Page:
One of the things that’s always set Shinryaku Ika Musume apart from lesser comedies is that when it decides to go straight for the heart, it’s aim is usually perfect – and this week’s last chapter was proof that’s still as true as ever.
Before that, we had a couple of pure comedy chapters, the first of which captured the edgy and dark tone that’s the other side of this show’s genius. A little girl wanting to play house with Ika-chan sounds pure and innocent enough, but not when that little girl is Risa (Sudo Nanako, Reina from Usagi Drop). Risa’s view of domestic life is somewhat skewed (indeed, this week’s chapters play as a sort of critique of modern Japanese society). It starts simply enough with Ika as her father “Squid-Man”, but each succeeding (and unwilling) participant who happens along – Eiko, Sanae, Kiyomi – turns into one of Daddy’s illicit lovers. There’s threats, passion, even a baby on the way (Kiyomi threw herself into that a little too eagerly) and of course Sanae being prompted to engage in role-play is a match thrown in the gasworks. Everyone (apart from Sanae, much too engaged in the fantasy to care) worries for Risa’s home life, even Ika-chan, but as it happens the little girl is merely too big a fan of TV dramas her Mother really shouldn’t be letting her watch.
Next up is a light-hearted but engaging fluff piece that nevertheless offers some insight into Ika’s slow immersion in the ways of the modern human. When the Aizawa Sisters give her a duffel and a planner they never use, Ika is naturally as thrilled as any small child when receiving a “grown-up” present – though of course she has no idea how either of them is supposed to be used. The planner consists pretty much of “Eat” and “Sleep” and the bag’s contents consist pretty much of, well – the planner. After she gets some advice from Kiyomi she takes a little too literally, Ika starts living her life as a slave of her planner (and Eiko’s borrowed alarm clock) before Eiko clues her in that life needs to be a little flexible – even if the planner says “Invade North America” there’s time to play with Takeru or have a snack. Possibly the cleverest part of this chapter is the way it’s ending ties into the final chapter…
Which is clearly the best sketch of the episode, and one of my favorite “Ika” eps ever. It involves a trip to an amusement park (with Sanae thankfully having been lured by the planner to an onsen instead – she would have ruined the mood completely) for the sisters, Ika and Takeru-kun. Sounds simple enough, but the whole venture is profoundly sad in an understated way. It’s bad enough that the park has had to slowly sell off all it’s land due to the recession and dwindling attendance – the competition from “Mouseland” being a major culprit – and that the old man (Naka Hiroshi) who takes the tickets is also the one in the bunny mascot, and in fact the only employee of a park that has only one true ride left – what we in the USA call “The Teacups” but in Japan is apparently “The Coffee Cups”. There’s some levity in Eiko and Takeru getting ill as Ika thrives on all the spinning, but it’s mostly wistful reflection – this is the park’s very last day, another victim of creeping international corporatism and the endless recession. Even more moving, Eiko is prompted to remember the last time they visited the park, when she and Chizuru were small and Takeru was just a baby, and the park was thriving and packed with rides and games.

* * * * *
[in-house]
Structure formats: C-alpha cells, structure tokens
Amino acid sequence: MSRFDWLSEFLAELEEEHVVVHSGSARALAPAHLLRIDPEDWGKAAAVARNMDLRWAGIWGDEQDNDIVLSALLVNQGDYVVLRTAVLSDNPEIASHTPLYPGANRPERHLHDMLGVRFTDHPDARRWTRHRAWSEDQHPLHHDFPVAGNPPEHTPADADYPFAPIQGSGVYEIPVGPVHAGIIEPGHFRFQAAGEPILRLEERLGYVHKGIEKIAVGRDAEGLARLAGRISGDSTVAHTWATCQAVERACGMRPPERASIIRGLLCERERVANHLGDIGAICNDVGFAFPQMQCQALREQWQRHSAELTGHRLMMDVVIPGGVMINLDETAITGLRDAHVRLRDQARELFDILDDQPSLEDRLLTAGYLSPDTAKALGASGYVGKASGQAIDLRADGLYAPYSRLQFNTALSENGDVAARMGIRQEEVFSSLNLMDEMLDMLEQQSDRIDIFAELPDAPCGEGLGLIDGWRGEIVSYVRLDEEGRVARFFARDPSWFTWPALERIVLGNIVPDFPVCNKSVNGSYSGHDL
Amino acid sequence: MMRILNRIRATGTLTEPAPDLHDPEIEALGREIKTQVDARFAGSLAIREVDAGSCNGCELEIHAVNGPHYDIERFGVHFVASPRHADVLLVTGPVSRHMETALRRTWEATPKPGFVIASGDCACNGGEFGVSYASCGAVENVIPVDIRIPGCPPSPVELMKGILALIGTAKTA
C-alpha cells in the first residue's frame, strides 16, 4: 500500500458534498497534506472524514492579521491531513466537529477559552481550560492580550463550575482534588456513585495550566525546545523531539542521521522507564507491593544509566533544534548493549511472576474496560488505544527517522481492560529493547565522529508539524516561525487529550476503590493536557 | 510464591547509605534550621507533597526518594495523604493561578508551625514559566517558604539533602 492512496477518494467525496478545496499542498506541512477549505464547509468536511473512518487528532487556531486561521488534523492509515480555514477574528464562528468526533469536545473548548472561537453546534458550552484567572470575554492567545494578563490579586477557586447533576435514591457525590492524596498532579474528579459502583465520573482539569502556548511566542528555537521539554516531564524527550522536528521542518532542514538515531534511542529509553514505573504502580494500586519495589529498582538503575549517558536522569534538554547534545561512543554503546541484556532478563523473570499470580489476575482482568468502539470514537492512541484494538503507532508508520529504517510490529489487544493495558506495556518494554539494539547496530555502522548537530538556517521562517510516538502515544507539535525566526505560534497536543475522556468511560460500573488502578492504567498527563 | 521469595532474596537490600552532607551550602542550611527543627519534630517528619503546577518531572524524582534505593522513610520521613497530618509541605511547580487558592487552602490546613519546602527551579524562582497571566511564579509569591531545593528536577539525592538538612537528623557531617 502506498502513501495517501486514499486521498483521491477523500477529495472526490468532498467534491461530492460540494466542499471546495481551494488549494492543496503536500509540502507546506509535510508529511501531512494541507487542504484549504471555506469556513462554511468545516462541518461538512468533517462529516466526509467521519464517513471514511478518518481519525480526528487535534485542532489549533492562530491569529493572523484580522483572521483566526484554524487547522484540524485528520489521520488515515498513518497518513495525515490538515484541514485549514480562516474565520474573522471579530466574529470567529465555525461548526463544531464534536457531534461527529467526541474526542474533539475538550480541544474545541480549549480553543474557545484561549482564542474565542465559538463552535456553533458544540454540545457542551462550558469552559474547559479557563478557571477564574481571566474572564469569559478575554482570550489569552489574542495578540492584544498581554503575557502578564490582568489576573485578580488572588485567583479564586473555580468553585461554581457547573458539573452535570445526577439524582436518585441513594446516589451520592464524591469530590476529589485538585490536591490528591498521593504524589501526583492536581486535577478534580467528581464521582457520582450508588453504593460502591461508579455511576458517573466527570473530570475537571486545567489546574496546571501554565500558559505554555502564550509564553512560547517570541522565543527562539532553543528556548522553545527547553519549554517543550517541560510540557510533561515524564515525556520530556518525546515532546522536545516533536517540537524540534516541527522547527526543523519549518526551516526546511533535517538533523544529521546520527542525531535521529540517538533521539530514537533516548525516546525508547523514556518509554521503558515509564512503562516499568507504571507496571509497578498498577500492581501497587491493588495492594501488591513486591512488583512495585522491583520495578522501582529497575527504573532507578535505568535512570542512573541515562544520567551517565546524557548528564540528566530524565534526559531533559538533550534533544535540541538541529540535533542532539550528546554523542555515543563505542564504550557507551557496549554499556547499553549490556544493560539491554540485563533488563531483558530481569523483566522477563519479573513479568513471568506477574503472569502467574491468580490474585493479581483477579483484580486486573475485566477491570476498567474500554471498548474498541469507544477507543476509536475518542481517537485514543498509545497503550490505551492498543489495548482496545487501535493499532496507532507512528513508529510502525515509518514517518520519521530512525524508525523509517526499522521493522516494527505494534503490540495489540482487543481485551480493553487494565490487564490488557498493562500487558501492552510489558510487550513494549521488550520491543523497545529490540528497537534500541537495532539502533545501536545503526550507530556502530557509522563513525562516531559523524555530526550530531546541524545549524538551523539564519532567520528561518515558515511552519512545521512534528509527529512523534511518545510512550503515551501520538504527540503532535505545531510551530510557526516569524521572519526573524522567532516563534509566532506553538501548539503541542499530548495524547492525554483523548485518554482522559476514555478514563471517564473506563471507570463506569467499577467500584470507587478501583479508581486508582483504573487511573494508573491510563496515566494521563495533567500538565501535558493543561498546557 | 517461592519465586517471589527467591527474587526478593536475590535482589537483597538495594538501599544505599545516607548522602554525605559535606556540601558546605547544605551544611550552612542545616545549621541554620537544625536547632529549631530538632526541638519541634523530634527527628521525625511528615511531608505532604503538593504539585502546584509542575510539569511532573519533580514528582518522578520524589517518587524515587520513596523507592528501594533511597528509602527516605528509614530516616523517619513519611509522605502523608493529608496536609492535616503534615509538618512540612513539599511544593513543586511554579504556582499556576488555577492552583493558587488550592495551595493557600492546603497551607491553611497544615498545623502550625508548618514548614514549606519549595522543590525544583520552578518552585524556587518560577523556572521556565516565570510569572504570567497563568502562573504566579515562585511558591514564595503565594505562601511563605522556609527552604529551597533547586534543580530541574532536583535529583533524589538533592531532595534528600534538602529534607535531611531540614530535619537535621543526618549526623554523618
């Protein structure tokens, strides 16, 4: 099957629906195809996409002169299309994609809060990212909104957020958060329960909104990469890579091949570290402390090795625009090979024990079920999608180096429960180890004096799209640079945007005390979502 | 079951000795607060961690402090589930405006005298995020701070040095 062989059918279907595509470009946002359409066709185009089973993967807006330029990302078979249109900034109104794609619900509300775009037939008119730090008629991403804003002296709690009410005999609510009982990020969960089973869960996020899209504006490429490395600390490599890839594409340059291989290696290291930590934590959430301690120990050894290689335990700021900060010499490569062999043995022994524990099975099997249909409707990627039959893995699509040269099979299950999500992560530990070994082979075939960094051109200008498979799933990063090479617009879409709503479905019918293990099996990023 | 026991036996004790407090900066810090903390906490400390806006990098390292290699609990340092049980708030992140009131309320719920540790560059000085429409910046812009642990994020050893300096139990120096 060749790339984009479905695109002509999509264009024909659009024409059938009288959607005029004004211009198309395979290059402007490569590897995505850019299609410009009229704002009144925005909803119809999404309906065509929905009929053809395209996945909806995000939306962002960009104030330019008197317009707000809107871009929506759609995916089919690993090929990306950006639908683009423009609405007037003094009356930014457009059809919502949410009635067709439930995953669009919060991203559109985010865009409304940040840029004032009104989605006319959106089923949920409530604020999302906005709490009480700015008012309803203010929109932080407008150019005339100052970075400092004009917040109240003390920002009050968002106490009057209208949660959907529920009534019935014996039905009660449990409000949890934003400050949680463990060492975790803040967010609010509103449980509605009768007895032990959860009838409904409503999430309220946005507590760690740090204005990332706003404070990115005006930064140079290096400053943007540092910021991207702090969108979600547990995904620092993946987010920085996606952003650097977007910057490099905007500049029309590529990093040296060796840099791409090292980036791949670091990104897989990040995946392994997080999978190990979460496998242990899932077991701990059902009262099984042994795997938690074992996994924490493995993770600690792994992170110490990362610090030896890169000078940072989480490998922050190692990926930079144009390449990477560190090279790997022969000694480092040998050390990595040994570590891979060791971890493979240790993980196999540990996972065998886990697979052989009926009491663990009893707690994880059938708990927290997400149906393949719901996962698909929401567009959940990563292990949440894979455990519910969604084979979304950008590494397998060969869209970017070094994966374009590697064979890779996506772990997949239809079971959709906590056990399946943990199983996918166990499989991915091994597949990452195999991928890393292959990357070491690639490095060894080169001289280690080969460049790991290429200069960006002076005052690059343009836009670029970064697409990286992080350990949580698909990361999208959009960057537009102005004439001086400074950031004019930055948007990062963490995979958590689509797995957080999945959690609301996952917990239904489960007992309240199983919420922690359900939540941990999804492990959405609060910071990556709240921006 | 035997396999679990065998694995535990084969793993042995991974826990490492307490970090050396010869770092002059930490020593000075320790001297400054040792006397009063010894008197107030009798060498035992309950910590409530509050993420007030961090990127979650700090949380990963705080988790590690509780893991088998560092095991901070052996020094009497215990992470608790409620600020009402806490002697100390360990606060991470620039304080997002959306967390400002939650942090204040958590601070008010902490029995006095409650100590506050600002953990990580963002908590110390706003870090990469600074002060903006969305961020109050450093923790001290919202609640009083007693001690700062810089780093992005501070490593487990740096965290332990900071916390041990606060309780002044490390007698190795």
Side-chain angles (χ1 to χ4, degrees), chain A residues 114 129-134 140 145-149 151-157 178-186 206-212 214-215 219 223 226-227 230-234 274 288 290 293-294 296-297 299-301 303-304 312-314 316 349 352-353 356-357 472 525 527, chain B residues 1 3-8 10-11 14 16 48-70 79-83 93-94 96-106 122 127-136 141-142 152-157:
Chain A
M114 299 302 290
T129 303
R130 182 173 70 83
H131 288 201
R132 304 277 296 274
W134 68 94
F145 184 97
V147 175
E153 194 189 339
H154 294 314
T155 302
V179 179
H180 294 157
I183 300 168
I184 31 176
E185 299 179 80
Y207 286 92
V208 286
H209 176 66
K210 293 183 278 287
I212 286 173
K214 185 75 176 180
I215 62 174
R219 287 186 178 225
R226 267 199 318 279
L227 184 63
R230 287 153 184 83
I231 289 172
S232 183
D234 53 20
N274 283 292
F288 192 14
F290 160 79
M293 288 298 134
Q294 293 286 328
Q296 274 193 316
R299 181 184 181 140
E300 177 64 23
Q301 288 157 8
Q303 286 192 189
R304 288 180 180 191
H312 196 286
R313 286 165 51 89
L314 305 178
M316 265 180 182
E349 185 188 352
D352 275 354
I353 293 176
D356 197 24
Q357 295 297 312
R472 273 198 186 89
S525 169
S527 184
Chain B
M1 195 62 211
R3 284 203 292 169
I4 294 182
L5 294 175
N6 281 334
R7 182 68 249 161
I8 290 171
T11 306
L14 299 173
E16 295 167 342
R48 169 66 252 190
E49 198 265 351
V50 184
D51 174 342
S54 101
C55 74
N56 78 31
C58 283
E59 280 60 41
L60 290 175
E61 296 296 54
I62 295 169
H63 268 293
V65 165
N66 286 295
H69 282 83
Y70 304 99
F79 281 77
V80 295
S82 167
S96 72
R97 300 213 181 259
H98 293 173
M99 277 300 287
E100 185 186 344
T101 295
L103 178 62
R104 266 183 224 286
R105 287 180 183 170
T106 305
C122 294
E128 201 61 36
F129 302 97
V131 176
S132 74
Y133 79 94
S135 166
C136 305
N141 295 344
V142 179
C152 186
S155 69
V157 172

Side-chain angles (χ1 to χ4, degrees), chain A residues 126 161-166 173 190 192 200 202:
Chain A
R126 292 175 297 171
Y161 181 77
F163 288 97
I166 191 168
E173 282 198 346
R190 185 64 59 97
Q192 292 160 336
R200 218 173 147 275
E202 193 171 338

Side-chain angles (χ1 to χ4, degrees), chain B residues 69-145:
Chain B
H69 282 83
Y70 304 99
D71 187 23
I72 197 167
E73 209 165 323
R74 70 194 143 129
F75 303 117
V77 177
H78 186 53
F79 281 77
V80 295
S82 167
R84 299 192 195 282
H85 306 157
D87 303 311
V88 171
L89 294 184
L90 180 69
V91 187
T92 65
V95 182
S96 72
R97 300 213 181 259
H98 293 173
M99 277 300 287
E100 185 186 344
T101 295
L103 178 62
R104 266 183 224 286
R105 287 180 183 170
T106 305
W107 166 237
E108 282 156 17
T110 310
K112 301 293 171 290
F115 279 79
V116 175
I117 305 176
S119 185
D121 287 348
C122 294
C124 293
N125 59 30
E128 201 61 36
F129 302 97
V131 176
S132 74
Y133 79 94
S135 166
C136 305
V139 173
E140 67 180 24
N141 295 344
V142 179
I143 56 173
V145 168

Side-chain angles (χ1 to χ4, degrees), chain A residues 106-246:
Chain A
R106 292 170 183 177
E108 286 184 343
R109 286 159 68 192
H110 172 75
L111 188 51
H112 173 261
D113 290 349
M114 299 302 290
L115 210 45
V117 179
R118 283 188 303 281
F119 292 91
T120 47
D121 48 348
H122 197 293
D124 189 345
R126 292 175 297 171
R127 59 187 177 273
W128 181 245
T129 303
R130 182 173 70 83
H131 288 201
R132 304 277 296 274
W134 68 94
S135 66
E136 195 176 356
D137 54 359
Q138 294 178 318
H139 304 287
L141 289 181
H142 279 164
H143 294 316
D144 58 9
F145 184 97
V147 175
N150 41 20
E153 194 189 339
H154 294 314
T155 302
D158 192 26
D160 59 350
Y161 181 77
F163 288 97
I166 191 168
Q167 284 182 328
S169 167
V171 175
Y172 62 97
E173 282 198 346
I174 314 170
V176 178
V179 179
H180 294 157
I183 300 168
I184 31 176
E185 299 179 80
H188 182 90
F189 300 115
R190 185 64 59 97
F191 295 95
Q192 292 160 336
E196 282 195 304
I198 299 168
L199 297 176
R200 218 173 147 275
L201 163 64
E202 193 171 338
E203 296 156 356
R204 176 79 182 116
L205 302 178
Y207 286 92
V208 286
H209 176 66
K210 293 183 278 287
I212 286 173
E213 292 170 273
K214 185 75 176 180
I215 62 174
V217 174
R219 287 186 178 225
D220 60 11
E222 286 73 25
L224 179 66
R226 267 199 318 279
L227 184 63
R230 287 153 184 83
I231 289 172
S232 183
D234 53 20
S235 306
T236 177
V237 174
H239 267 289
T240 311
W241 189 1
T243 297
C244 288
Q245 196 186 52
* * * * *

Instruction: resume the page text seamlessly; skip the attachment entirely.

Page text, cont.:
When most comedies try and pull off scenes like that, they go for too much and fail miserably, but Shinryaku Ika Musume has always been a show that nailed warm emotional moments – it comes from the genuine affection it makes you feel for all of the main cast and the deft and light touch the mangaka has with social commentary and matters of feeling. I really wonder at the story behind the Aizawa parents and what happened to them – it doesn’t seem to be anything good – and there’s a genuine connection to the way they’re so close as a family and even took in the bizarre Ika-chan and made her a part of it. Any two sisters than can raise a kid to be as sweet and positive as Takeru is are doing something right, that’s for sure. I loved the small-scale fireworks the owner sets off in place of a Mouseland parade, and his appearance in the ED in his bunny suit – it was perfect in a bittersweet way, and not even the postscript of him reopening the place as an escort club can disguise the genuine warmth of the writing. That was Ika Musume at its best.